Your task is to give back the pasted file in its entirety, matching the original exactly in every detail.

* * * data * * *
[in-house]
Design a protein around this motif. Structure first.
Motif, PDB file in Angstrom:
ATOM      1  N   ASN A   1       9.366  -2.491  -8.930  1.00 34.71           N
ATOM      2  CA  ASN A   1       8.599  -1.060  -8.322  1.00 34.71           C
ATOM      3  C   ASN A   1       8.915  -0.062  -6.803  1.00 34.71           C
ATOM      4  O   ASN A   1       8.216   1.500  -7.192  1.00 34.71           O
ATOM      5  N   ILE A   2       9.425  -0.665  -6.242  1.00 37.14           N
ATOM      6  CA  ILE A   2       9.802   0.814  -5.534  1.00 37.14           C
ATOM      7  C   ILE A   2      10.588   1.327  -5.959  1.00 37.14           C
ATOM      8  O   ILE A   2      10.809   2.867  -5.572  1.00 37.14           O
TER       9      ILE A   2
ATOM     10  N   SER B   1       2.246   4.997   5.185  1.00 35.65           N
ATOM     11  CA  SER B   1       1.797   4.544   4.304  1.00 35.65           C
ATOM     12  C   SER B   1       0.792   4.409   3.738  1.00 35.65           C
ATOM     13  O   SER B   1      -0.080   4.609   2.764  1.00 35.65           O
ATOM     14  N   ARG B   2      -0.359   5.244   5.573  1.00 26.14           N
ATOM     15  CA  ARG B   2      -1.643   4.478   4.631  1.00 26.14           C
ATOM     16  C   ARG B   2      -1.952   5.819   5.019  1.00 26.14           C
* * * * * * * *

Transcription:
[in-house]
Design a protein around this motif. Structure first.
Motif, PDB file in Angstrom:
ATOM      1  N   ASN A   1       9.366  -2.491  -8.930  1.00 34.71           N
ATOM      2  CA  ASN A   1       8.599  -1.060  -8.322  1.00 34.71           C
ATOM      3  C   ASN A   1       8.915  -0.062  -6.803  1.00 34.71           C
ATOM      4  O   ASN A   1       8.216   1.500  -7.192  1.00 34.71           O
ATOM      5  N   ILE A   2       9.425  -0.665  -6.242  1.00 37.14           N
ATOM      6  CA  ILE A   2       9.802   0.814  -5.534  1.00 37.14           C
ATOM      7  C   ILE A   2      10.588   1.327  -5.959  1.00 37.14           C
ATOM      8  O   ILE A   2      10.809   2.867  -5.572  1.00 37.14           O
TER       9      ILE A   2
ATOM     10  N   SER B   1       2.246   4.997   5.185  1.00 35.65           N
ATOM     11  CA  SER B   1       1.797   4.544   4.304  1.00 35.65           C
ATOM     12  C   SER B   1       0.792   4.409   3.738  1.00 35.65           C
ATOM     13  O   SER B   1      -0.080   4.609   2.764  1.00 35.65           O
ATOM     14  N   ARG B   2      -0.359   5.244   5.573  1.00 26.14           N
ATOM     15  CA  ARG B   2      -1.643   4.478   4.631  1.00 26.14           C
ATOM     16  C   ARG B   2      -1.952   5.819   5.019  1.00 26.14           C